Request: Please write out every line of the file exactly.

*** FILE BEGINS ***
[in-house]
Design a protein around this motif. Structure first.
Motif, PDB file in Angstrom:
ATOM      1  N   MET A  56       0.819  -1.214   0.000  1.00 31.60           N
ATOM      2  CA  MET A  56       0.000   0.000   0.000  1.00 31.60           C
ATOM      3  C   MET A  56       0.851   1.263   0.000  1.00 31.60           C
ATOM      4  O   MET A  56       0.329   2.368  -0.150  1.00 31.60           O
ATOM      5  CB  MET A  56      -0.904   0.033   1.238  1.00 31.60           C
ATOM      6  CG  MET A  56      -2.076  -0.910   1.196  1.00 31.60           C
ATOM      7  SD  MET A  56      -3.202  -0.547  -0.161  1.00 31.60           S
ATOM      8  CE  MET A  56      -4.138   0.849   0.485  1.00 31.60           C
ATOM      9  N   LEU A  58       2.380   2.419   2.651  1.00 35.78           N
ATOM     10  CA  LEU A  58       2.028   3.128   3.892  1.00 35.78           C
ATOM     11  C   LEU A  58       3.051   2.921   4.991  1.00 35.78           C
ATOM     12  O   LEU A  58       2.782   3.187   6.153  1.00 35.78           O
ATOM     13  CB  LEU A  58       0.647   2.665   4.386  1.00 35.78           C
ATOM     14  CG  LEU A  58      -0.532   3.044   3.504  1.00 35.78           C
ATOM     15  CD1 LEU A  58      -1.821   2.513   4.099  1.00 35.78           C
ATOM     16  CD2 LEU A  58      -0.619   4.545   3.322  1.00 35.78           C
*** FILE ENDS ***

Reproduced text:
[in-house]
Design a protein around this motif. Structure first.
Motif, PDB file in Angstrom:
ATOM      1  N   MET A  56       0.819  -1.214   0.000  1.00 31.60           N
ATOM      2  CA  MET A  56       0.000   0.000   0.000  1.00 31.60           C
ATOM      3  C   MET A  56       0.851   1.263   0.000  1.00 31.60           C
ATOM      4  O   MET A  56       0.329   2.368  -0.150  1.00 31.60           O
ATOM      5  CB  MET A  56      -0.904   0.033   1.238  1.00 31.60           C
ATOM      6  CG  MET A  56      -2.076  -0.910   1.196  1.00 31.60           C
ATOM      7  SD  MET A  56      -3.202  -0.547  -0.161  1.00 31.60           S
ATOM      8  CE  MET A  56      -4.138   0.849   0.485  1.00 31.60           C
ATOM      9  N   LEU A  58       2.380   2.419   2.651  1.00 35.78           N
ATOM     10  CA  LEU A  58       2.028   3.128   3.892  1.00 35.78           C
ATOM     11  C   LEU A  58       3.051   2.921   4.991  1.00 35.78           C
ATOM     12  O   LEU A  58       2.782   3.187   6.153  1.00 35.78           O
ATOM     13  CB  LEU A  58       0.647   2.665   4.386  1.00 35.78           C
ATOM     14  CG  LEU A  58      -0.532   3.044   3.504  1.00 35.78           C
ATOM     15  CD1 LEU A  58      -1.821   2.513   4.099  1.00 35.78           C
ATOM     16  CD2 LEU A  58      -0.619   4.545   3.322  1.00 35.78           C